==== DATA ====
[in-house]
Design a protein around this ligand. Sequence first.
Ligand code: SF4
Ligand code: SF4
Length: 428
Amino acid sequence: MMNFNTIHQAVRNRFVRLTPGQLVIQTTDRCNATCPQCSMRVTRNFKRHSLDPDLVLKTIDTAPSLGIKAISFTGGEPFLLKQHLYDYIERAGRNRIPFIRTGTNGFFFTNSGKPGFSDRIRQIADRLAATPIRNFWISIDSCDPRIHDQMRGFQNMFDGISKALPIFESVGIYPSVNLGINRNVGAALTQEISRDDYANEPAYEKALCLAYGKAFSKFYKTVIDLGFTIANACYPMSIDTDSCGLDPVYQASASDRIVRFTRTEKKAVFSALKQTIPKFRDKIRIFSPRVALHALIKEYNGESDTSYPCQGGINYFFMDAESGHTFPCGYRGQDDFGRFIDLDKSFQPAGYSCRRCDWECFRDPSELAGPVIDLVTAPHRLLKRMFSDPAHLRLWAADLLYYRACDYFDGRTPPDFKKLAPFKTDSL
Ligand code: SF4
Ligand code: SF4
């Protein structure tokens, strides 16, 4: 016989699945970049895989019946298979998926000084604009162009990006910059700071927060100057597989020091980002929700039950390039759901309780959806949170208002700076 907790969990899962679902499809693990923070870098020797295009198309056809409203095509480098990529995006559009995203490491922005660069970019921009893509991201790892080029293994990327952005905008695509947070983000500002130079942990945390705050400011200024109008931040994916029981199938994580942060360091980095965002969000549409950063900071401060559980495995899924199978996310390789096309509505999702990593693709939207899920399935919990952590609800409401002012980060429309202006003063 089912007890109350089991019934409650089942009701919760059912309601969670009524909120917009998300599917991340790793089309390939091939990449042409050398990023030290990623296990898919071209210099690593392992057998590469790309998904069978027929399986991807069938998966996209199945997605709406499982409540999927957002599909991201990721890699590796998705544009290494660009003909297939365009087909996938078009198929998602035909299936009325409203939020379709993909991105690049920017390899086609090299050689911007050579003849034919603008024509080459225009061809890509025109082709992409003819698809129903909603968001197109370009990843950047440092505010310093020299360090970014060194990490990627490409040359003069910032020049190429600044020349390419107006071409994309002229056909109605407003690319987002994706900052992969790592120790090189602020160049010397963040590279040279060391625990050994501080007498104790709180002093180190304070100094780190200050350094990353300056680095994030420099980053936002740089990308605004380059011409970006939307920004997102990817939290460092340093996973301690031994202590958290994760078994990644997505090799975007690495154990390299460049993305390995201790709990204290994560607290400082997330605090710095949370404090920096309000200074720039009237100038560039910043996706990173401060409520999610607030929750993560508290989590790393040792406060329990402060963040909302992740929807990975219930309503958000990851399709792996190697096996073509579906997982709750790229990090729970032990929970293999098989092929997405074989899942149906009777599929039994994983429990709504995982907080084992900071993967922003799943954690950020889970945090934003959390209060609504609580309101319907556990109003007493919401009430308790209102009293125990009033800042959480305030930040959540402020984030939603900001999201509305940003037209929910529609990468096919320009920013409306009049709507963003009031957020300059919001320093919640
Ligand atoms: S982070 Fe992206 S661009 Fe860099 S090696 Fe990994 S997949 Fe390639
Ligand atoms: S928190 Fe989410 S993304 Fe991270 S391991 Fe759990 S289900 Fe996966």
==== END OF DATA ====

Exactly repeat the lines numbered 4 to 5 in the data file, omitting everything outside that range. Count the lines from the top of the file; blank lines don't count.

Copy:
Ligand code: SF4
Length: 428